Detroit Tigers: Ian Kinsler's Comments Reveals Character Flaws

By Nick Comando
Kim Klement-USA TODAY Sports

For years, when the Texas Rangers were mentioned in conversations, names like Michael Young and Ian Kinsler came to mind almost immediately.

Other words came to mind when mentioning the Rangers in recent memory like ‘winning,’ ‘World Series’ and ‘consistency.’ We know all about the Rangers of recent memory as they went to back-to-back World Series during the 2010 and 2011 seasons and lost both, which was followed by late-season flameouts and watching key players sign elsewhere as free agents.

The Texas farm system is widely lauded as one of the better systems in baseball, and the Rangers have slowly but surely transitioned from a veteran-laden team to a younger team with less experience.

Kinsler was the latest to experience this first-hand as he was dealt to the Detroit Tigers this winter for Prince Fielder in what was widely considered as a salary dump by Detroit and a move to make way for Profar in Texas. Kinsler was one of the game’s best offensive second baseman, but has tailed off offensively of late after a couple of 30-home run seasons.

Now 31, Kinsler is looking to prove he is still a solid second baseman, and not the player that was asked to move to the outfield to make way for Profar.

Kinsler was recently interviewed by ESPN the Magazine regarding the trade that went down this winter, and he certainly had a lot to say about his old team. Kinsler voiced his concerns about the team’s direction in recent years, criticized the stripping down of players that occurred when the Rangers opted to go young when their older veterans walked away.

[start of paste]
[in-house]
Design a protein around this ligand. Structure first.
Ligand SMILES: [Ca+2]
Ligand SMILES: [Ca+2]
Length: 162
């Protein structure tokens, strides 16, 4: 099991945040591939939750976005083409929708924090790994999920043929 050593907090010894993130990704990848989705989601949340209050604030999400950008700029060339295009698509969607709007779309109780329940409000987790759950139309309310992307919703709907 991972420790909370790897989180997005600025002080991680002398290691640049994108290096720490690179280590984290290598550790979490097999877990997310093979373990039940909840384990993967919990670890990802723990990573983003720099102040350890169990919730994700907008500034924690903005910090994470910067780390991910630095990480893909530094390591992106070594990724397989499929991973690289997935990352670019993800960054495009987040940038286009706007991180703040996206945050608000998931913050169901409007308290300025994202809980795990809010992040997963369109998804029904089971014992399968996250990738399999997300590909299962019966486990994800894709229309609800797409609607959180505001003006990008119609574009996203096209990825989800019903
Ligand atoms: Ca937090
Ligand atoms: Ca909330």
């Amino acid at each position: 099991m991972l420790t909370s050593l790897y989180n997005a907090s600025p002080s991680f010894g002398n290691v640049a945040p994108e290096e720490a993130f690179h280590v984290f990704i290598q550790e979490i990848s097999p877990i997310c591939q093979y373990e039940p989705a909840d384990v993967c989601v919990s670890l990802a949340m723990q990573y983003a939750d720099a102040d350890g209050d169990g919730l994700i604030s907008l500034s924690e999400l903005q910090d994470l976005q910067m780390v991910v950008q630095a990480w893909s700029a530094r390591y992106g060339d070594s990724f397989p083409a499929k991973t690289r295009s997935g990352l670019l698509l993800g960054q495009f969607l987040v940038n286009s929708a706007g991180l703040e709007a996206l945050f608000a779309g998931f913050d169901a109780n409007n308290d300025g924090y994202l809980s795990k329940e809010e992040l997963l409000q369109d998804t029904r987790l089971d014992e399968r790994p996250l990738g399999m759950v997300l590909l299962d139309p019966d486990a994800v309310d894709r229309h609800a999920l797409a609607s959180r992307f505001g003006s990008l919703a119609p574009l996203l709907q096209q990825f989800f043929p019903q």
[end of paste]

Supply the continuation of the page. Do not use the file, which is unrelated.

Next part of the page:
This left Kinsler as the lone veteran in the room, which he never seemed to take to and claimed he was “bogged down” by the responsibility that comes with being a veteran in a room full of younger players. Kinsler also criticized how Nolan Ryan left the Rangers organization and called GM Jon Daniels a “sleazeball.”

Kinsler said a lot of things about other people, that much is obvious. However, the most Kinsler said about anything was his character, which makes it easy to see why he was dealt.

When one is a veteran player with a decade of major league experience, like Kinsler, there is an expectation, fair or unfair, that he should step up and become a leader. That is a burden that some players embrace, some avoid, and some take on reluctantly. Kinsler took it reluctantly and it shows in his words.

He saw his own struggles as the main issue in his mind, and felt as though he should not be bothered with policing the Rangers clubhouse and showing younger players how to stick in the major leagues. Kinsler also said he was expected to lead young players when all he should be concerned about is how to end his own struggles. And who can blame him — it’s not like baseball is a team sport, right?

What Kinsler revealed in this interview goes far beyond the words he articulated. This is nothing short of a me-first player being put into a situation they never believed they should be put in, and shrugged off responsibility to other veteran players. Kinsler is obviously self-absorbed and completely uninterested in doing anything that involved putting himself in the back seat, whether it is giving a young player advice or being any kind of leader.

It is easy to see why the Rangers traded Kinsler, and Detroit may have made a big mistake in acquiring him.

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